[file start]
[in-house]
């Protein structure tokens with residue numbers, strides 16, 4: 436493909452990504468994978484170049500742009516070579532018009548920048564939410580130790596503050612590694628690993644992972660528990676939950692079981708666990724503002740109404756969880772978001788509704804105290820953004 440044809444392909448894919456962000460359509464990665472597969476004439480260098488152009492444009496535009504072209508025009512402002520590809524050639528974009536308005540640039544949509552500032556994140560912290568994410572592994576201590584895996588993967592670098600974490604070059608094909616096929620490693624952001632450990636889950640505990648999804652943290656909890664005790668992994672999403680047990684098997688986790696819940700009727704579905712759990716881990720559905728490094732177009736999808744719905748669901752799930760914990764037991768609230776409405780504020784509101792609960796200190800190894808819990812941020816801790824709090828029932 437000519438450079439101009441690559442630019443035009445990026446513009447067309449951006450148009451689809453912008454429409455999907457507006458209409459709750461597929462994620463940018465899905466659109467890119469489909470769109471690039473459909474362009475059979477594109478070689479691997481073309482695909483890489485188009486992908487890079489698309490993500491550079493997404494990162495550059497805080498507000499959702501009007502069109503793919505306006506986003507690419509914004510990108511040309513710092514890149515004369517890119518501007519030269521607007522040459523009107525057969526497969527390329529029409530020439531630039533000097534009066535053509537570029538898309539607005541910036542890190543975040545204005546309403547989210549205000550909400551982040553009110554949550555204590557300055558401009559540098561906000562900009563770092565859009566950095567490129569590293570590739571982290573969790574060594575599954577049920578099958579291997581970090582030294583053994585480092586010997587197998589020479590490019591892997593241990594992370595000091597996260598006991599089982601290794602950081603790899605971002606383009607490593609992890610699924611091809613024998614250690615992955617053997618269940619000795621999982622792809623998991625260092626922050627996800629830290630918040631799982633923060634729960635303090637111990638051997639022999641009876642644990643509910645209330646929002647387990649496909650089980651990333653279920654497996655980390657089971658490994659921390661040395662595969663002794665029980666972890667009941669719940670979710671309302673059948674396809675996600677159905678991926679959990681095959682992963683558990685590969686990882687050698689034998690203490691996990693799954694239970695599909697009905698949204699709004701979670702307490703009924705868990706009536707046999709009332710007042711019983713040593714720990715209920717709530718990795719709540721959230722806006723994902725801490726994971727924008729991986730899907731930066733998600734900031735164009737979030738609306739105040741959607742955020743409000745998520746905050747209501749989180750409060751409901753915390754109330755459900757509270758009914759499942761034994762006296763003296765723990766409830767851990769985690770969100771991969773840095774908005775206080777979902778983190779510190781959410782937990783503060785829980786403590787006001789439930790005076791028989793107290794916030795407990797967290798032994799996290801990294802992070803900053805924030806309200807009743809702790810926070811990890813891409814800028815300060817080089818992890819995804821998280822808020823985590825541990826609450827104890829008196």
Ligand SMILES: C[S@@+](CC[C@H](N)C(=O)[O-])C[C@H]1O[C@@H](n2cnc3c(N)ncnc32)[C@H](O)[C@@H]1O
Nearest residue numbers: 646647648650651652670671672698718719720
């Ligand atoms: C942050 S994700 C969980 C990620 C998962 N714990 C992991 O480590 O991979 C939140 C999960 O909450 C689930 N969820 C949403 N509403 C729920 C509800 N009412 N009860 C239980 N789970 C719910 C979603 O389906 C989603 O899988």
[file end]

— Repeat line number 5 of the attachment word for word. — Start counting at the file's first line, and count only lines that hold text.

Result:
């Ligand atoms: C942050 S994700 C969980 C990620 C998962 N714990 C992991 O480590 O991979 C939140 C999960 O909450 C689930 N969820 C949403 N509403 C729920 C509800 N009412 N009860 C239980 N789970 C719910 C979603 O389906 C989603 O899988």